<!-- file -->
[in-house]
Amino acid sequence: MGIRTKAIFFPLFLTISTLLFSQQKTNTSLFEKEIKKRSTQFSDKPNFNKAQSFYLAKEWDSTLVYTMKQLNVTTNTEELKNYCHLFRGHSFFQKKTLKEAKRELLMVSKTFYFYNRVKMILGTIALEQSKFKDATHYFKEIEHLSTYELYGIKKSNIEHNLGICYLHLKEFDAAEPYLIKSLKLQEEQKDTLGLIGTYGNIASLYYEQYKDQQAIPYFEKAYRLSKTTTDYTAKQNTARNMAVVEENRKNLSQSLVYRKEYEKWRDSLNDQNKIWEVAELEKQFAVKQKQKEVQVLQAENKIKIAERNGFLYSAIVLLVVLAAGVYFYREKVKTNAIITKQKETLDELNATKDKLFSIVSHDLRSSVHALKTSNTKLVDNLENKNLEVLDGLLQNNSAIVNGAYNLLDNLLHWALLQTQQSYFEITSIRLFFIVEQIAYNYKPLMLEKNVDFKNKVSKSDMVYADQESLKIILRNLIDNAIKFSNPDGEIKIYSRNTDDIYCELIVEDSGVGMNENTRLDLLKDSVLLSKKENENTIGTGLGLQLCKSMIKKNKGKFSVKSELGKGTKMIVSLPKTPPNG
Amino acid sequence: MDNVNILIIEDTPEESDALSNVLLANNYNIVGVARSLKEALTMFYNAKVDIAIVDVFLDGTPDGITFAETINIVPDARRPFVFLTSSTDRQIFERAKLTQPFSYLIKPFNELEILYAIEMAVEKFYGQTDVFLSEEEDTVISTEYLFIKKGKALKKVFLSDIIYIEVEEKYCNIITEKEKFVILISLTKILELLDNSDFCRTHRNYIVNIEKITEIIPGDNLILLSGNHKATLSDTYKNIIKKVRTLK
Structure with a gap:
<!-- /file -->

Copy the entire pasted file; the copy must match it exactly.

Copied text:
[in-house]
Amino acid sequence: MGIRTKAIFFPLFLTISTLLFSQQKTNTSLFEKEIKKRSTQFSDKPNFNKAQSFYLAKEWDSTLVYTMKQLNVTTNTEELKNYCHLFRGHSFFQKKTLKEAKRELLMVSKTFYFYNRVKMILGTIALEQSKFKDATHYFKEIEHLSTYELYGIKKSNIEHNLGICYLHLKEFDAAEPYLIKSLKLQEEQKDTLGLIGTYGNIASLYYEQYKDQQAIPYFEKAYRLSKTTTDYTAKQNTARNMAVVEENRKNLSQSLVYRKEYEKWRDSLNDQNKIWEVAELEKQFAVKQKQKEVQVLQAENKIKIAERNGFLYSAIVLLVVLAAGVYFYREKVKTNAIITKQKETLDELNATKDKLFSIVSHDLRSSVHALKTSNTKLVDNLENKNLEVLDGLLQNNSAIVNGAYNLLDNLLHWALLQTQQSYFEITSIRLFFIVEQIAYNYKPLMLEKNVDFKNKVSKSDMVYADQESLKIILRNLIDNAIKFSNPDGEIKIYSRNTDDIYCELIVEDSGVGMNENTRLDLLKDSVLLSKKENENTIGTGLGLQLCKSMIKKNKGKFSVKSELGKGTKMIVSLPKTPPNG
Amino acid sequence: MDNVNILIIEDTPEESDALSNVLLANNYNIVGVARSLKEALTMFYNAKVDIAIVDVFLDGTPDGITFAETINIVPDARRPFVFLTSSTDRQIFERAKLTQPFSYLIKPFNELEILYAIEMAVEKFYGQTDVFLSEEEDTVISTEYLFIKKGKALKKVFLSDIIYIEVEEKYCNIITEKEKFVILISLTKILELLDNSDFCRTHRNYIVNIEKITEIIPGDNLILLSGNHKATLSDTYKNIIKKVRTLK
Structure with a gap: